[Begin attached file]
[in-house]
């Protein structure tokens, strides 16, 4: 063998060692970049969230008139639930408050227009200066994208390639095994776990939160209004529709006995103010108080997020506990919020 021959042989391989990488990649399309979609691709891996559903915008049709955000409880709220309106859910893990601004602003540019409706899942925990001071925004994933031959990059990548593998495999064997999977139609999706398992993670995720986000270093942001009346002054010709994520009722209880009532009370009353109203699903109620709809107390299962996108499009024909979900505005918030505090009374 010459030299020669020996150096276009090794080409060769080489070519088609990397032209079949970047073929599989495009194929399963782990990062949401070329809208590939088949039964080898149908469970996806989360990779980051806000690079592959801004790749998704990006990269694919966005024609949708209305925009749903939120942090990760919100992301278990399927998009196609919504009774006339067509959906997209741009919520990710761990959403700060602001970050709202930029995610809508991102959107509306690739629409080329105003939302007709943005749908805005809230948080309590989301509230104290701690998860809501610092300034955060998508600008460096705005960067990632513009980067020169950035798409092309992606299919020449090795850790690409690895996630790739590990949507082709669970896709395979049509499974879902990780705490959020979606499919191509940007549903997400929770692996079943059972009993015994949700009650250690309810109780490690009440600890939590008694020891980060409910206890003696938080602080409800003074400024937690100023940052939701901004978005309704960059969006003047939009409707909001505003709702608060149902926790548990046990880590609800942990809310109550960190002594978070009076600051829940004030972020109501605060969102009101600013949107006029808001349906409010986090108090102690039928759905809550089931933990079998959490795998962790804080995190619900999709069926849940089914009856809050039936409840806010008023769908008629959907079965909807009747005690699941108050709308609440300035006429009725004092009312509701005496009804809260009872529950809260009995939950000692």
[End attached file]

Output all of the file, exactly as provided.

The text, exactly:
[in-house]
């Protein structure tokens, strides 16, 4: 063998060692970049969230008139639930408050227009200066994208390639095994776990939160209004529709006995103010108080997020506990919020 021959042989391989990488990649399309979609691709891996559903915008049709955000409880709220309106859910893990601004602003540019409706899942925990001071925004994933031959990059990548593998495999064997999977139609999706398992993670995720986000270093942001009346002054010709994520009722209880009532009370009353109203699903109620709809107390299962996108499009024909979900505005918030505090009374 010459030299020669020996150096276009090794080409060769080489070519088609990397032209079949970047073929599989495009194929399963782990990062949401070329809208590939088949039964080898149908469970996806989360990779980051806000690079592959801004790749998704990006990269694919966005024609949708209305925009749903939120942090990760919100992301278990399927998009196609919504009774006339067509959906997209741009919520990710761990959403700060602001970050709202930029995610809508991102959107509306690739629409080329105003939302007709943005749908805005809230948080309590989301509230104290701690998860809501610092300034955060998508600008460096705005960067990632513009980067020169950035798409092309992606299919020449090795850790690409690895996630790739590990949507082709669970896709395979049509499974879902990780705490959020979606499919191509940007549903997400929770692996079943059972009993015994949700009650250690309810109780490690009440600890939590008694020891980060409910206890003696938080602080409800003074400024937690100023940052939701901004978005309704960059969006003047939009409707909001505003709702608060149902926790548990046990880590609800942990809310109550960190002594978070009076600051829940004030972020109501605060969102009101600013949107006029808001349906409010986090108090102690039928759905809550089931933990079998959490795998962790804080995190619900999709069926849940089914009856809050039936409840806010008023769908008629959907079965909807009747005690699941108050709308609440300035006429009725004092009312509701005496009804809260009872529950809260009995939950000692």